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PUBLISHED UNITED STATES COURT OF APPEALS FOR THE FOURTH CIRCUIT No. 16-4304 UNITED STATES OF AMERICA, Plaintiff - Appellee, v. SHAHID HASSAN MUSLIM, a/k/a Sharp, a/k/a Sean Williams, Defendant - Appellant. Appeal from the United States District Court for the Western District of North Carolina, at Charlotte. Robert J. Conrad, Jr., District Judge. (3:13-cr-00307-RJC-DCK-1) Argued: September 20, 2019 Decided: November 25, 2019 Before WILKINSON, WYNN, and RICHARDSON, Circuit Judges. Affirmed by published opinion. Judge Wynn wrote the opinion, in which Judge Wilkinson and Judge Richardson joined. ARGUED: Kimberly Harvey Albro, OFFICE OF THE FEDERAL PUBLIC DEFENDER, Columbia, South Carolina, for Appellant. Amy Elizabeth Ray, OFFICE OF THE UNITED STATES ATTORNEY, Asheville, North Carolina, for Appellee. ON BRIEF: R. Andrew Murray, United States Attorney, OFFICE OF THE UNITED STATES ATTORNEY, Charlotte, North Carolina, for Appellee. WYNN, Circuit Judge: Defendant Shahid Hassan Muslim appeals decisions of the U.S. District Court of Western North Carolina related to his trial, conviction, and sentence. Defendant raises eight grounds on appeal: (1) the district court erred in denying his motion to continue trial; (2) the court erred in conducting a morning session of trial in Defendant’s absence; (3) the court erred in admitting expert testimony without undertaking analysis under Daubert v. Merrell Dow Pharmaceuticals, Inc., 509 U.S. 579 (1993); (4) the court erred in denying Defendant’s right to testify at his trial; (5) the court erred in instructing the jury on a count; (6) the court erred in denying a post-trial motion to withdraw as counsel; (7) the court erred in applying four sentencing enhancements; and (8) there was a complete miscarriage of justice. We affirm the district court on all issues. I Defendant operated a prostitution ring between at least 2010 and continuing through November 2013, when he was arrested. He was indicted on ten counts. The charges included kidnapping, sex trafficking, and sexual exploitation of a child. After a week-long trial, a jury found him guilty on all ten counts. The court sentenced Defendant to three terms of life imprisonment, as well as seven shorter terms, all to be served concurrently. This appeal followed, raising numerous challenges. II A 2 Defendant first argues that the district court wrongly denied a motion to continue his trial. “We review the denial of a motion for a continuance for abuse of discretion.” United States v. Copeland, 707 F.3d 522, 531 (4th Cir. 2013). A district court abuses its discretion “when its denial of a motion for continuance is ‘an unreasoning and arbitrary insistence upon expeditiousness in the face of a justifiable request for delay.’” Id. (quoting Morris v. Slappy, 461 U.S. 1, 11-12 (1983)). “[E]ven if such an abuse [of discretion] is found, the defendant must show that the error specifically prejudiced h[is] case in order to prevail.” Id. (alterations in original) (quoting United States v. Williams, 455 F.3d 724, 739 (4th Cir. 2006)). Here, Defendant’s motion to continue—the fourth such motion—came two days before the start of trial, which was scheduled for August 5, 2014. The district court denied the motion, stating, “This case was peremptorily set. It has been on the docket for a long time. I’m not inclined to continue this case.” J.A. 105. Indeed, the previous motion to continue, which the parties had filed jointly over two months prior, had specified a trial date of August 5, 2014. Dist. Ct. ECF No. 33. Laying out the reasons to continue, that joint motion had stated, among other things, that the case was complex, that there was a great deal of discovery, that the parties expected the trial to last over a week, and that the Government would be bringing witnesses from Washington, D.C., Florida, Texas, and California. At that time, defense counsel had needed more time to locate experts, research legal issues, and conduct plea negotiations. Defendant’s motion on appeal repeated arguments from the previous motion. The case was complex and had voluminous discovery. Counsel again needed more time to 3 locate experts, research legal issues, and conduct plea negotiations. Compare Dist. Ct. ECF No. 33 ¶ 14 with Dist. Ct. ECF No. 56 ¶ 15. Counsel also cited “unexpected time drains” with other clients over the preceding two weeks. J.A. 89. However, counsel did not explain why the “unexpected time drains” and the additional discovery interfered with the preceding months of preparations. Nor did he identify any expert witness he proposed to locate, much less show he could obtain their attendance if the continuance were granted. See United States v. Clinger, 681 F.2d 221, 223 (4th Cir. 1982) (listing elements a party usually must prove when seeking a continuance to secure the attendance of a witness). Nor did he address why he failed to file the motion at an earlier date. See United States v. LaRouche, 896 F.2d 815, 824 (4th Cir. 1990) (“The later that a motion for a continuance is made, the more likely it is made for dilatory tactics; hence, it is less likely that the district court arbitrarily denied the continuance.”). We hold that the trial court was within its discretion to deny the motion to continue. And because there was not an abuse of discretion, we will not discuss the question of prejudice. B Defendant’s next challenge concerns his absence at a single morning session of his week-long trial. We review a district court’s decision to “proceed with a trial when the defendant is absent” for abuse of discretion, and the “district court’s factual findings will not be disturbed unless clearly erroneous.” United States v. Camacho, 955 F.2d 950, 953 (4th Cir. 1992). Violations stemming from a defendant’s absence from the courtroom are 4 subject to a harmless error analysis. United States v. Harris, 814 F.2d 155, 157 (4th Cir. 1987). The Fifth Amendment “guarantees a defendant the right to be present at all stages of the trial where his absence might frustrate the fairness of the proceedings, while Rule 43 [of the Federal Rules of Criminal Procedure] enshrines an even broader right to be present.” United States v. Runyon, 707 F.3d 475, 517 (4th Cir. 2013) (citation and internal quotation marks omitted). However, a defendant may waive his right to be present if he is voluntarily absent “without compelling justification” after the trial begins. United States v. Rogers, 853 F.2d 249, 252 (4th Cir. 1988). The right “cannot cursorily, and without inquiry, be deemed by the trial court to have been waived simply because the accused is not present when he should have been.” Id. (quoting United States v. Beltran-Nunez, 716 F.2d 287, 291 (5th Cir. 1983)). And, the court should make efforts to ascertain the defendant’s location and reason for absence, as well as the “likelihood the trial could soon proceed with the defendant, the difficulty of rescheduling and the burden on the government.” Id. Trial began as scheduled on August 5 and Defendant was present for the entirety of the first two days. On the third day of trial, however, at the start of the morning session, Defendant was absent. The district court was advised that, early that morning, Defendant reported experiencing “some type of seizure activity.” J.A. 660. Medical staff at the jail examined him, noted he had no seizure history and appeared to have no seizure activity, and suggested he was malingering. After the medical staff evaluated Defendant, he was taken to the courthouse, where, according to the marshal, he lay on the floor passively refusing to come to court. Defendant’s counsel went to him to explain the court intended 5 to rule he was waiving his right to be present. Upon returning, counsel indicated that Defendant seemed to have made a slight head movement in response to counsel’s attempt to communicate. The court then made a finding that Defendant was voluntarily absenting himself from the proceedings. Even after that announcement, the district court judge used an audio-video connection set up in Defendant’s cell to make a personal attempt to communicate with Defendant. After having spent an hour addressing Defendant’s absence, the court finally ended the inquiry and resumed the trial without him physically present. The trial remained available to Defendant in the holding cell via the audio-video connection. In the afternoon, Defendant rejoined the proceedings in the courtroom. Unlike in cases in which this Court concluded that the district court summarily assumed that the defendant waived his right to be present, the district court here made repeated efforts to ascertain Defendant’s status and ensure Defendant’s presence. See Camacho, 955 F.2d at 954–55 (concluding that the district court abused its discretion in determining that the defendant had voluntarily absented himself from trial where a serious snowstorm made it likely that the defendant was delayed in traffic); Rogers, 853 F.2d at 252 (concluding that the district court abused its discretion where it merely “inquired of defense counsel regarding [the defendant’s] whereabouts, but did nothing else”). We therefore conclude the district court did not abuse its discretion in proceeding with the trial in Defendant’s absence. C Defendant also appeals the district court’s denial of a motion to exclude the expert testimony of software quality assurance engineer Daniel Magdael. We review a district 6 court’s decision to admit expert testimony under Daubert v. Merrell Dow Pharmaceuticals, Inc., 509 U.S. 579 (1993), for abuse of discretion. Belville v. Ford Motor Co., 919 F.3d 224, 232 (4th Cir. 2019). “A district court abuses its discretion if it makes an error of law or clearly erroneous factual finding.” Id. Such rulings are “entitled to great deference.” NCO Fin. Sys., Inc. v. Montgomery Park, LLC, 918 F.3d 388, 396 (4th Cir.), as amended (Mar. 15, 2019). Where the alleged error was harmless, we may affirm without determining if the district court improperly admitted the testimony. United States v. Forrest, 429 F.3d 73, 81 (4th Cir. 2005). The Supreme Court in Daubert required that the trial judge assess two factors to determine whether to admit expert testimony: “(1) whether the testimony is based on ‘scientific knowledge’ (i.e. knowledge grounded ‘in the methods and procedures of science’), and (2) whether the testimony will be helpful to the trier of fact.” Md. Cas. Co. v. Therm-O-Disc, Inc., 137 F.3d 780, 784 (4th Cir. 1998) (footnote omitted) (quoting Daubert, 509 U.S. at 590); see also Fed. R. Evid. 702. Here, the Government charged Defendant with producing child pornography using materials shipped in interstate or foreign commerce. To support the charge, the Government offered video evidence from a computer seized from Defendant’s bedroom. The video showed Defendant having sex with a minor; it was therefore child pornography. Looking for evidence of interstate commerce, FBI Digital Forensics Examiner Lee Weingarten analyzed the video, as well as other videos from the computer. Weingarten determined based on reflections in the other videos that they appeared to have been made with a Flip Video camera. He then determined that the metadata identifying the recording 7 device for those videos matched the corresponding metadata of the child pornography video. Having independently identified the recording device as a Flip Video camera, Weingarten reached out to Flip Video’s parent company to locate an expert who could confirm his conclusion. That expert would be Daniel Magdael, a software quality assurance engineer with experience working with Flip Video cameras. Like Weingarten before him, Magdael determined a Flip Video camera recorded the video at issue. The Government went to these lengths because Flip Video cameras were made in China, and thus could only have arrived in North Carolina via foreign commerce. The district court’s ruling admitting Magdael’s testimony was quite brief. However, without passing on whether the ruling fell short of Daubert, we may consider whether the proposed error was harmless. Weingarten testified to his independent extraction and comparison of the video metadata, and he testified to the critical link between the child pornography video and the Flip Video camera. Our review of the record shows that Defendant’s conviction did not rest on Magdael’s expert testimony alone; the jury would have connected the video to the Flip Video camera based on Weingarten’s unchallenged testimony in this case. Thus, the alleged error, even if present, was harmless. D Defendant also contends he was denied his right to testify. “A defendant’s right to testify in his own defense is rooted in the Constitution’s Due Process Clause, Compulsory Process Clause, and Fifth Amendment right against self-incrimination.” United States v. Woods, 710 F.3d 195, 200 (4th Cir. 2013). Given the constitutional nature of this right, courts generally review de novo whether a defendant’s right to testify on his own behalf 8 was violated at trial. E.g., United States v. Webber, 208 F.3d 545, 550 (6th Cir. 2000). However, because Defendant failed to raise this issue below, we review this issue for plain error. United States v. Johnson, 464 F. App’x 112, 114 (4th Cir. 2012) (unpublished) (per curiam) (citing United States v. Olano, 507 U.S. 725, 732 (1993)) (analyzing under the plain error standard the defendant’s argument “that the district court failed to sua sponte inquire into whether Johnson’s failure to testify on his own behalf was a knowing, voluntary, and intelligent waiver of his right to do so”). To show plain error, Defendant must show “(1) that the court erred, (2) that the error is clear and obvious, and (3) that the error affected his substantial rights, meaning that it ‘affected the outcome of the district court proceedings.’” United States v. Catone, 769 F.3d 866, 871 (4th Cir. 2014) (quoting Olano, 507 U.S. at 734). Even if Defendant shows plain error, we “retain discretion whether to recognize the error and will deny relief unless the district court’s error ‘seriously affects the fairness, integrity or public reputation of judicial proceedings.’” Id. (quoting Olano, 507 U.S. at 736). Courts, including this one, have held that “the trial court does not have a sua sponte duty to conduct a colloquy with the defendant at trial to determine whether the defendant has knowingly and intelligently waived the right to testify.” Sexton v. French, 163 F.3d 874, 881 (4th Cir. 1998) (collecting cases). However, a number of courts have also recognized “exceptional, narrowly defined circumstances,” United States v. RodriguezAparicio, 888 F.3d 189, 194 (5th Cir. 2018) (quoting United States v. Pennycooke, 65 F.3d 9, 12 (3d Cir. 1995)), virtually all of which “involve conflicts between the defendant and counsel,” where a court does have such a duty, id. (collecting cases). An example of such 9 a situation is where there is “some indication that either the defendant actually wants to testify and is being prevented from doing so or that there is a conflict between the defendant and his lawyer on the matter.” United States v. Manjarrez, 258 F.3d 618, 624 (7th Cir. 2001). Courts have made clear, though, that such a situation is “the exception, not the rule.” Pennycooke, 65 F.3d at 13. “Where the trial court has no reason to believe that the defendant’s own attorney is frustrating his or her desire to testify, a trial court has no affirmative duty to advise the defendant of the right to testify or to obtain an on-the-record waiver of such right.” Id. At the close of the Government’s evidence, the district court advised Defendant that he had the right to testify. Defendant responded that he understood. The district court asked Defendant whether he wanted to testify, and Defendant said that he wanted to, but that he was not prepared to testify at that moment. The district court informed Defendant that his testimony properly came next in the trial. The district court permitted Defendant to speak with counsel, after which Defendant’s counsel stated that he did not intend to put on any evidence at that time. At a subsequent sidebar conference, Defendant’s counsel informed the district court that: I want to make sure we’re clear. The decision to take the stand or not take the stand is totally the defendant’s. He would not answer the question one way or the other . . . . He did not ever say no. Then he just said in my ear, “Okay, I want to take the stand.” J.A. 1101-02. The district court judge adjourned trial for the evening but stated he would consider again if Defendant wished to take the stand the next morning. The next morning, the court 10 asked Defendant’s counsel whether he would move to reopen so that Defendant could testify. Defendant’s counsel indicated that he would file a motion to reopen. The record shows that the court directed that Defendant take the stand, but then there was a recess, after which Defendant’s counsel stated that “the defendant would like to withdraw its [sic] motion to reopen the case and move for a judgment of acquittal at the close of all the evidence.” J.A. 1113. Defendant argues that because Defendant repeatedly indicated that he wanted to testify, the district court erred in failing to inquire into Defendant’s desire to testify. Defendant further argues that the district court should have been on notice regarding “onthe-record conflicts” between Defendant and his trial counsel, and therefore should have inquired further with Defendant. Appellant’s Br. at 17. However, the district court did ask Defendant whether he wished to testify. Moreover, although Defendant disagreed with his attorney throughout the trial, there is no evidence in the record that Defendant’s attorney prevented Defendant from testifying. Indeed, Defendant’s counsel indicated that the decision to testify was solely the Defendant’s. Throughout, the district court offered Defendant time to consider his decision—including overnight—as well as opportunities to consult with counsel. Each time Defendant expressed a desire to testify, the court offered him the opportunity, but Defendant declined. There is no indication that the final withdrawal of the motion to reopen occurred without the direction of Defendant. Given the foregoing, we hold that the district court did not clearly err. E 11 Defendant’s next ground of appeal concerns the jury instructions for Count Seven at the close of his trial. Count Seven was for a violation of 18 U.S.C. § 1952(a)(3)(B) in conjunction with 18 U.S.C. § 1952(a)(2), one element of which requires a predicate “crime of violence.” Defendant contends that the district court improperly instructed the jury on the predicate offense, which the indictment charged as “physical assault,” because the district court did not give the elements of the predicate offense and because the district court instructed that “physical assault” is a “crime of violence.” Generally, we review de novo “whether a district court has properly instructed a jury on the statutory elements of an offense,” United States v. Rahman, 83 F.3d 89, 92 (4th Cir. 1996), as well as “[w]hether a prior conviction qualifies as a crime of violence,” United States v. Henriquez, 757 F.3d 144, 147 (4th Cir. 2014). However, where, as here, a defendant does not object below to the district court’s jury instructions regarding a specific count, we review for plain error. United States v. Cowden, 882 F.3d 464, 475 (4th Cir. 2018). Under this standard, we have discretion to correct a plain error which affects substantial rights, and we exercise that discretion where such an error “seriously affect[s] the fairness, integrity or public reputation of judicial proceedings,” or where failure to correct would result in a “miscarriage of justice.” Olano, 507 U.S. at 736 (first quoting United States v. Atkinson, 297 U.S. 157, 160 (1936) (alteration in original); and then quoting United States v. Young, 470 U.S. 1, 15 (1985)). It is clear here that the district court failed to properly instruct the jury when, although it correctly identified the charged predicate offense, it did not give the elements of that offense. Cf. United States v. Randall, 171 F.3d 195, 209-10 (4th Cir. 1999). The 12 district court also erred when it instructed the jury that “physical assault” is a “crime of violence.” Although the district court did not identify a statute or jurisdiction for the predicate offense, the record shows that “physical assault” here could only have been one of two offenses: (1) N.C. Gen. Stat. § 14-33(c)(2), assault of a female by a male at least 18 years of age, or (2) or North Carolina assault at common law. We have previously held that neither of these is a “crime of violence.” See United States v. Vinson, 805 F.3d 120, 12426 (4th Cir. 2015). These are errors. But, “even assuming that [they] . . . ‘affec[ted] substantial rights,’ [they] do[] not meet the final requirement of Olano.” Johnson v. United States, 520 U.S. 461, 469 (1997) (second alteration in original) (quoting Olano, 507 U.S. at 736). In this case, the indictment charged that Defendant beat one of the women he was prostituting. In more detail, he punched her in the stomach so hard she tilted over, grabbed her by her hair, took her into a bathroom and turned on the water while she was screaming, and kept beating her. She could barely walk afterwards. Defendant’s victim testified about the assault at trial, as did a witness. The jury heard, and we have reviewed, a week of testimony similar in nature to what we have just described. Moreover, in light of Defendant’s three life sentences on other convictions, vacating the Travel Act conviction—for which Defendant was sentenced to a 240-month term of imprisonment—would have no practical consequence. Under these circumstances, we cannot say that declining to correct the errors would seriously affect the fairness, integrity, or public reputation of judicial proceedings, nor would it result in a miscarriage of justice. See United States v. Cedelle, 89 F.3d 181, 186 (4th Cir. 1996). 13 We therefore will not vacate this conviction. F Defendant next appeals the denial of a post-trial motion to withdraw as counsel. “We review the denial of a motion to withdraw for abuse of discretion.” United States v. Blackledge, 751 F.3d 188, 193 (4th Cir. 2014). If the district court abused its discretion, “the ruling is subject to harmless error review.” Id. at 194. We consider three factors in deciding whether a district court abused its discretion in denying such a motion: “(1) timeliness of the motion; (2) adequacy of the court’s inquiry; and (3) ‘whether the attorney/client conflict was so great that it had resulted in total lack of communication preventing an adequate defense.’” Id. (quoting United States v. Gallop, 838 F.2d 105, 108 (4th Cir. 1988), abrogated on other grounds by Fields v. Murray, 49 F.3d 1024 (4th Cir. 1995), as recognized in United States v. Ductan, 800 F.3d 642, 652 (4th Cir. 2015)). During the nearly three years between arrest and sentencing, Defendant had four different attorneys. The first, a federal public defender, withdrew early due to a conflict. The second represented Defendant through the end of trial. At the start of trial, immediately before jury selection, Defendant tendered to the court a handwritten letter complaining about counsel. This triggered a conversation between Defendant and the court wherein Defendant alleged that his counsel was unprepared and inadequate. The court noted that counsel was competent and prepared for trial, but informed Defendant that he had the option of proceeding to trial representing himself. Defendant declined and trial proceeded. Two months after trial, Defendant’s counsel filed a motion for inquiry into counsel and to substitute counsel; the motion explained that Defendant alleged there was a conflict of 14 interest, that Defendant was verbally abusing counsel and alleging counsel was “incompetent, ineffective, and [was] conspiring against him,” and that Defendant refused to work with counsel and demanded new counsel. J.A. 1229. The court granted the motion and appointed a third attorney for Defendant. Some five months later, this counsel also moved to withdraw. Defendant, believing his attorney was a part of a vast conspiracy against him, refused to cooperate with counsel and had filed a complaint against him with the State Bar. The court described the situation as “extremely frustrating,” but granted the motion to withdraw and appointed Defendant’s fourth attorney, Counsel Richard Beam. J.A. 1330. Counsel Beam did not fare better than Defendant’s previous attorneys. The same problems arose. Counsel Beam moved to withdraw, the Government filed a response opposing the motion, and the court held a hearing. At the hearing, Counsel Beam explained that Defendant refused to address the draft PSR and would only speak with Counsel Beam about pursuing allegations against other lawyers, including one of Counsel Beam’s friends and also other professional colleagues, who had been involved with the case. Counsel Beam had spoken to the North Carolina State Bar, and the Bar had advised that he move to withdraw. The Government took the position that Defendant was the cause of the series of breakdowns in communication with his counsel and that “Defendant’s demand for a fifth court-appointed attorney is nothing more than an effort to avoid sentencing.” J.A. 1457. Procedurally, the case was waiting on Defendant to file objections to the draft PSR. Although Counsel Beam had objections to file, he could not file them where there was a conflict with the party he represented. The probation officer characterized the situation as 15 a “rarity” in her fifteen-year career. J.A. 1494. The court ultimately issued an eleven-page order denying the motion to withdraw. Counsel moved for reconsideration, and the court again denied the motion. With the foregoing in mind, we begin our analysis of the three relevant factors. The first factor—timeliness—applies both to the temporal proximity of the motion to trial or another proceeding but also the resulting delay on the overall proceedings. United States v. Corporan-Cuevas, 35 F.3d 953, 956 (4th Cir. 1994) (“The court must weigh the defendant’s right to choose counsel against the countervailing state interest in proceeding with prosecutions on an orderly and expeditious basis.”). As recounted above, Counsel Beam was Defendant’s fourth lawyer. Furthermore, twenty months had passed since trial, and Defendant’s refusal to cooperate was preventing the case from moving to sentencing. See United States v. Mullen, 32 F.3d 891, 895 (4th Cir. 1994) (“In our review of a district court’s denial of such a request [to withdraw], we must therefore be mindful of the court’s interest in moving its docket.”). We conclude that the timeliness factor weighs in favor of affirming the district court’s order. Regarding the second factor—adequacy of the court’s inquiry—the district court held an extensive hearing on the motion to withdraw. We describe the hearing above and will not recount it here. We conclude this factor also weighs in favor of affirming the district court’s order. Finally, we turn to the third factor—whether the attorney/client conflict resulted in a total lack of communication. It is clear there was a conflict between Counsel Beam and Defendant. However, Defendant’s conduct was a major causative factor. See United States 16 v. Morsley, 64 F.3d 907, 918 (4th Cir. 1995) (“The district court is not compelled to substitute counsel when the defendant’s own behavior creates a conflict.”). Counsel Beam stated that Defendant would not “talk to [him] about anything in the PSR,” and this was evidenced by the months-long delay in filing Defendant’s objections to the PSR. J.A. 1488. Moreover, in its denial of the motion to withdraw, the district court observed that this was the third time Defendant had followed the same general pattern with his court-appointed attorney, i.e., filing allegations against them, refusing to cooperate with them, and filing State Bar complaints. Nevertheless, despite Defendant’s behavior, Counsel Beam had visited the jail, filed motions, and even investigated Defendant’s allegations of Government misconduct. Reviewing the record, we thus conclude this factor too weighs in favor of the affirming the district court’s decision. Accordingly, the district court was within its discretion to deny Defendant’s motion to withdraw as counsel. G Defendant next argues that the district court made four sentencing errors. Generally, when considering “whether a sentencing court properly calculated the Guidelines range,” we review a court’s “factual findings for clear error and its legal conclusions de novo.” United States v. Shephard, 892 F.3d 666, 670 (4th Cir. 2018). However, because Defendant did not make any objections to his PSR, we review for plain error. United States v. Strieper, 666 F.3d 288, 295 (4th Cir. 2012). Defendant appeals the district court’s application of sentencing enhancements pursuant to sections 3B1.1(a), 3A1.1(b)(1), 3C1.1, and 2G1.3(b)(1)(B) of the 2015 U.S. 17 Sentencing Guidelines Manual. These enhancements apply where the court finds the defendant to have been an organizer or leader, harmed a vulnerable victim, committed obstruction of justice, and exerted supervisory control, respectively. 1. U.S.S.G. § 3B1.1(a)—Organizer/Leader Enhancement U.S.S.G. § 3B1.1(a) provides for a four-level enhancement if the defendant was an “organizer or leader of a criminal activity that involved five or more participants or was otherwise extensive.” A person who is “not criminally responsible for the commission of the offense” is not a participant, and the defendant must have been the “organizer, leader, manager, or supervisor of one or more other participants.” Id. cmt. nn.1-2. Defendant argues that his prostitution enterprise lacked the requisite number of participants to apply the enhancement, as the unindicted victims were not participants for purposes of this Guidelines provision. Defendant cites United States v. Jarrett, 956 F.2d 864 (8th Cir. 1992), in which the court concluded that certain people in that case who were transported to work as prostitutes were not participants. Id. at 868. Jarrett is inapposite. There, the defendant was convicted under 18 U.S.C. §§ 2421 and 2423 of transporting both adults and minors to work as prostitutes. Id. at 865. Accordingly, that court determined that these people were not participants merely because they were themselves transported; to be participants they must have “assisted in the unlawful transportation of others.” Id. at 868. Here, the counts at issue pertained to Defendant’s operation of an interstate prostitution enterprise. Although the victims were not indicted or convicted, they were part of the enterprise. Where interstate prostitution is the relevant conviction, the prostitutes involved may be counted as participants. See United States v. Sabatino, 943 F.2d 94, 101 18 (1st Cir. 1991) (counting five prostitutes among participants of “a pervasive interstate prostitution ring”). Moreover, trial testimony indicates that Defendant oversaw other nonprostitute participants, including his driver and his girlfriend, who also facilitated prostitution. The district court did not plainly err in applying § 3B1.1(a). 2. U.S.S.G. § 3A1.1(b)(1)—Vulnerable Victim Enhancement U.S.S.G. § 3A1.1(b)(1) provides for a two-level enhancement if the defendant “knew or should have known that a victim of the offense was a vulnerable victim.” A “vulnerable victim” is an individual who is “unusually vulnerable due to age, physical or mental condition, or who is otherwise particularly susceptible to the criminal conduct.” Id. cmt. n.2. The section does not apply “if the factor that makes the person a vulnerable victim is incorporated in the offense guideline”; for example, if the guideline provides an enhancement for the age of the victim, the vulnerable victim enhancement would not apply unless the victim was “unusually vulnerable for reasons unrelated to age.” Id. The counts on which Defendant received this enhancement all involved minor victims. Defendant argues that where an offense already accounts for the victim’s age, the victim must be vulnerable due to “physical or mental condition,” or “otherwise particularly susceptible to the criminal conduct.” Id. Defendant claims that victim prostitutes are typically vulnerable in several ways, including being unemployed, having small children, and having troubled home lives; he argues that the Government must distinguish Defendant’s prostitute victims as more vulnerable than a typical prostitute victim. Defendant further argues that, regarding one of his victims, he targeted her “not because of 19 a particular vulnerability, but based on her history with [Defendant].” Appellant’s Br. at 54. Defendant glosses over the Government’s grounds for vulnerability, presented at the sentencing hearing: “They were young, they were down on their luck. They didn’t have a stable home. And that gave him an area to exploit.” J.A. 1600. As one minor victim testified, she left the Virgin Islands, alone, at a young age and began living with her aunt, who mistreated and neglected her; she began sneaking out of her house at age 16 to meet Defendant; and she moved into Defendant’s house at age 16 shortly after getting pregnant and being kicked out of her aunt’s house. Accordingly, she was “particularly susceptible to the criminal conduct,” given her lack of a stable home and parental figures. Similarly, the victim whom Defendant allegedly targeted based on her history with Defendant was 16 when she met Defendant and was “staying in hotels because [she] didn’t have a house to go to” when she moved in with him. J.A. 766. She too was a vulnerable victim. Our review is for plain error and the Government presented a series of grounds specific to these victims that could support applying § 3A1.1(b)(1); accordingly, we will not disturb the determination of the district court. 3. U.S.S.G. § 3C1.1—Obstruction of Justice Enhancement U.S.S.G. § 3C1.1 provides for a two-level enhancement if the defendant “willfully obstructed or impeded, or attempted to obstruct or impede, the administration of justice” regarding the “investigation, prosecution, or sentencing of the instant offense of conviction” and the obstructive conduct related to either the “defendant’s offense of conviction” or “a closely related offense.” Obstructive conduct occurring before the 20 investigation of the instant offense “may be covered . . . if the conduct was purposefully calculated, and likely, to thwart the investigation” of the offense of conviction. Id. cmt. n.1. Defendant argues it was error to apply this enhancement to his federal kidnapping charge based on obstruction of a previous state kidnapping charge. Both the state and federal charges related to the same kidnapping. The previous state charge had been dismissed when Defendant had the victim submit a false affidavit that she was not kidnapped. According to Defendant, because the victim testified in the federal trial that the affidavit from the state proceeding was false, Defendant’s actions did not have any bearing on the federal proceeding; the obstruction did not pertain to the “instant offense,” i.e., the federal kidnapping charge only. As the Guidelines commentary indicates, obstructive conduct before the investigation of the instant offense may be covered if the conduct was “purposefully calculated, and likely, to thwart the investigation” of the offense of conviction. Id. Just so here. This Court has held, albeit in an unpublished opinion, that where a defendant obstructed justice in state proceedings on a charge, and the federal investigation had not yet begun, but a federal charge was subsequently brought on a related charge, § 3C1.1 may apply. See United States v. Hall, 68 F. App’x 446, 447 (4th Cir. 2003) (unpublished) (per curiam) (“[Section] 3C1.1 makes no distinction between a federal and a state investigation of the instant offense.”). The same reasoning applies here. The district court did not plainly err in applying § 3C1.1. 4. U.S.S.G. § 2G1.3(b)(1)(B)—Supervisory Control Enhancement 21 U.S.S.G. § 2G1.3(b)(1)(B) provides for a two-level enhancement if the minor victim was “otherwise in the custody, care, or supervisory control of the defendant.” This subsection is “intended to have broad application and includes offenses involving a victim less than 18 years of age entrusted to the defendant, whether temporarily or permanently,” including “temporary caretakers.” Id. cmt. n.2(A). The sentencing court should “look to the actual relationship that existed between the defendant and the minor,” and not simply the legal status of their relationship. Id. Defendant claims he received the enhancement on Count Four (recruiting a minor to engage in a commercial sex act) because the minor victim was living with him. Defendant argues that the enhancement should not apply because the minor victim’s relationship to Defendant was “almost exclusively related to his role as a pimp and the underlying crimes.” Appellant’s Br. at 57. But the record shows that was not the case. Defendant acted as a “temporary caretaker” for her, thereby qualifying him for the enhancement. The victim moved in with Defendant when she was under 18, after being kicked out of her aunt’s house. The victim testified she relied on Defendant to drive her to high school. The record is replete with additional examples of Defendant providing for the victims, including this minor victim, in his prostitution ring—they all lived together in the same house and moved as a unit to various cities, where Defendant rented the hotel rooms in which they stayed. See J.A. 491 (testimony that the enterprise operated “kind of like a family”). We hold that the district court did not plainly err in applying § 2G1.3(b)(1)(B). H 22 Having addressed Defendant’s other grounds of appeal, we turn to his allegation that there was a complete miscarriage of justice. We have reviewed the record and find that Defendant’s miscarriage of justice claim is meritless. III In conclusion, we affirm the district court as to all issues. AFFIRMED 23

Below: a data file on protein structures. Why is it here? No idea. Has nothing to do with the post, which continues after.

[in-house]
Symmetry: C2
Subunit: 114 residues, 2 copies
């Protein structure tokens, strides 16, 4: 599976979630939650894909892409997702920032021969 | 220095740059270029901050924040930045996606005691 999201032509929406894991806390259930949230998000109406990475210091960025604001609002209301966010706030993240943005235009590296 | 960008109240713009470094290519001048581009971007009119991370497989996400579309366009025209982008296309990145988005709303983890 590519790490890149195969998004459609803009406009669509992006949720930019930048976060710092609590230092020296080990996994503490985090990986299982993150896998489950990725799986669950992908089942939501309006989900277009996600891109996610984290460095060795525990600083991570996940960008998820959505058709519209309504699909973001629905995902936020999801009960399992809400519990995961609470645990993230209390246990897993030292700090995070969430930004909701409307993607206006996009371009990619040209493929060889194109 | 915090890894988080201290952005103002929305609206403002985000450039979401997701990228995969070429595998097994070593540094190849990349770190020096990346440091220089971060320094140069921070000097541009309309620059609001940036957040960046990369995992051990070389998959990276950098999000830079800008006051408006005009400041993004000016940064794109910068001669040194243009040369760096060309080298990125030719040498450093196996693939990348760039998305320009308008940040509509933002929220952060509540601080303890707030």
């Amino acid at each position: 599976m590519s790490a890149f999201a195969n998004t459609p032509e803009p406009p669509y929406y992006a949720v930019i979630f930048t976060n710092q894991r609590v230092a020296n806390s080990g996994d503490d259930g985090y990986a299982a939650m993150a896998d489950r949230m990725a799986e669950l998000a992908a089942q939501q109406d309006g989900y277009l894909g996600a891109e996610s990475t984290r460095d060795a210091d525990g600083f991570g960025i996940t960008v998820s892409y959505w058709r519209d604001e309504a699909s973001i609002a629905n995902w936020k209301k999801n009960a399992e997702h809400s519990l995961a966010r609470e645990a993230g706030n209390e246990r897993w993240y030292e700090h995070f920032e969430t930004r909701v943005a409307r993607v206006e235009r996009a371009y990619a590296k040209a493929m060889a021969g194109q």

Primary Holding
The Fourth Circuit affirmed defendant's conviction and sentence for charges related to his operation of a prostitution ring, rejecting defendant's numerous claims of error.